The Angels owe Bobby $9M in 2012, and he can become a free agent after the season. He’s reportedly open to a trade given the club’s crowded outfield/DH picture, but there’s a sense that they may hold onto him for the time because they don’t have another reliable left-handed bat with Kendrys Morales still on the mend. That said, Jayson Stark recently heard “they’d [trade him] for a middling prospect, just to move the money.” Ideally, they’d get a right-handed bullpen arm in return, he added Stark. The Yankees have middling prospects and a right-handed bullpen arm or two (George Kontos?) to spare, so matching up for a swap doesn’t figure to be difficult.

I don’t necessarily endorse it, but if the Yankees can free up some cash by trading Burnett, Abreu would be a viable DH option. The Halos would have to eat some money and take a lesser prospect in return, but it’s not the craziest thing ever. Someone from the Johnny Damon, Raul Ibanez, Russell Branyan group might be more logical and affordable however, especially since Bobby isn’t guaranteed to outproduce any of them. In situations like this, oftentimes the easiest way to go (sign a free agent) is the best.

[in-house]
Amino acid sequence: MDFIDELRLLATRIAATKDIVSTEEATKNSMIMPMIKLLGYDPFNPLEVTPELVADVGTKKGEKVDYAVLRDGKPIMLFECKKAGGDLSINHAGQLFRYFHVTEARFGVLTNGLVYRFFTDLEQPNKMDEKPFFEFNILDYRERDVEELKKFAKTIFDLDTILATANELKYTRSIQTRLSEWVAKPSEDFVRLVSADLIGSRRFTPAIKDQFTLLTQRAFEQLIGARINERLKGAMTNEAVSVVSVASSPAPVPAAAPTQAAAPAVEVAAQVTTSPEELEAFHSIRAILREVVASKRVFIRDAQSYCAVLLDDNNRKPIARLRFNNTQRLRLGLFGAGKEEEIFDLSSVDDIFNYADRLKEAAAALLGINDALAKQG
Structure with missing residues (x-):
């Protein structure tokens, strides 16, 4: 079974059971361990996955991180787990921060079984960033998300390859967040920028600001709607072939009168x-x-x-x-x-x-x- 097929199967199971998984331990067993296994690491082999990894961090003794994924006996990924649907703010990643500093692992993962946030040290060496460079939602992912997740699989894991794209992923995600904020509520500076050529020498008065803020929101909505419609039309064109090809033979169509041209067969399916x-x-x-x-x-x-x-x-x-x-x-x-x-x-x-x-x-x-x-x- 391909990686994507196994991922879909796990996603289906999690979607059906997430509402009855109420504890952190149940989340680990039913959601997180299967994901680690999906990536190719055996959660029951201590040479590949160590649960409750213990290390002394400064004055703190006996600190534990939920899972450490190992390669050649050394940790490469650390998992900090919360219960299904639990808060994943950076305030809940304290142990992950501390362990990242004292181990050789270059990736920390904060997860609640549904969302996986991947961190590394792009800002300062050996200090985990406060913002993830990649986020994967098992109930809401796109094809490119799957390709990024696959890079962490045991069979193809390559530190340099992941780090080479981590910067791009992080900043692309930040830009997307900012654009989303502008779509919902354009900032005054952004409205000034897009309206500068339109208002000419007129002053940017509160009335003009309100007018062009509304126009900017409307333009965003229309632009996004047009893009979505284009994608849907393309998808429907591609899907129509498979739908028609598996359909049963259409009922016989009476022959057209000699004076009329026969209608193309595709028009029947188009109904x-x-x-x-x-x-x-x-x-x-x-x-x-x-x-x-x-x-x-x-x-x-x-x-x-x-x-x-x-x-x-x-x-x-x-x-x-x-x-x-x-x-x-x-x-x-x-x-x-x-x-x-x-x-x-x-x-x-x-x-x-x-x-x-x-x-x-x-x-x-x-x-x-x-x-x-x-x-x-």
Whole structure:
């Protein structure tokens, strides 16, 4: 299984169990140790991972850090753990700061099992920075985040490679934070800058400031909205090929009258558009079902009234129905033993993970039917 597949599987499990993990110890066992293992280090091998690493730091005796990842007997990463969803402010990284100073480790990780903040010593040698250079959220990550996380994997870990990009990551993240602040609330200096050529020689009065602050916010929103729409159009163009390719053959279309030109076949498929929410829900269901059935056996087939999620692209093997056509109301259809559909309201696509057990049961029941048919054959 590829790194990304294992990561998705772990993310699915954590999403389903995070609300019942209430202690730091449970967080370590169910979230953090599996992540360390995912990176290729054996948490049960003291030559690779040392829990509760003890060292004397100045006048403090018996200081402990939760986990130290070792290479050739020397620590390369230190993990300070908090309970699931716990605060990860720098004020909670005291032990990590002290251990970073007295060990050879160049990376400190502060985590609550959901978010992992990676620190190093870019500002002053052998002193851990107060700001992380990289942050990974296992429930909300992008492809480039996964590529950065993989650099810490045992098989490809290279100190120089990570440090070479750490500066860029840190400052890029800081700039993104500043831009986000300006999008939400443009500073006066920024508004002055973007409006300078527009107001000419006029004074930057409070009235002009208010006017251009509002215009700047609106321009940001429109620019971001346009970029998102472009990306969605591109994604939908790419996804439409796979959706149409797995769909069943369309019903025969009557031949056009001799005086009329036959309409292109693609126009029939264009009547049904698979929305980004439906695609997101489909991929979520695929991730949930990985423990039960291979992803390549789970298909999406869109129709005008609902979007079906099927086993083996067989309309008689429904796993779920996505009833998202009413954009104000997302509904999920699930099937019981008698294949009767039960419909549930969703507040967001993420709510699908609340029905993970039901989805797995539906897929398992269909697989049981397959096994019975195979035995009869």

Rosenthal: Pirates one of four teams in on Burnett

Via Ken Rosenthal, the Pirates are just one of four teams with interest in trading for A.J. Burnett. One of those four teams is on his no-trade list, and the Yankees feel Pittsburgh makes the “most sense” as a trade partner. It might have something to do with them being in the NL, or a non-contender, or both. Yesterday we heard that the Pirates are willing to take on $10M of the $33M left on his deal, but the Yankees are holding out for a 50-50 split.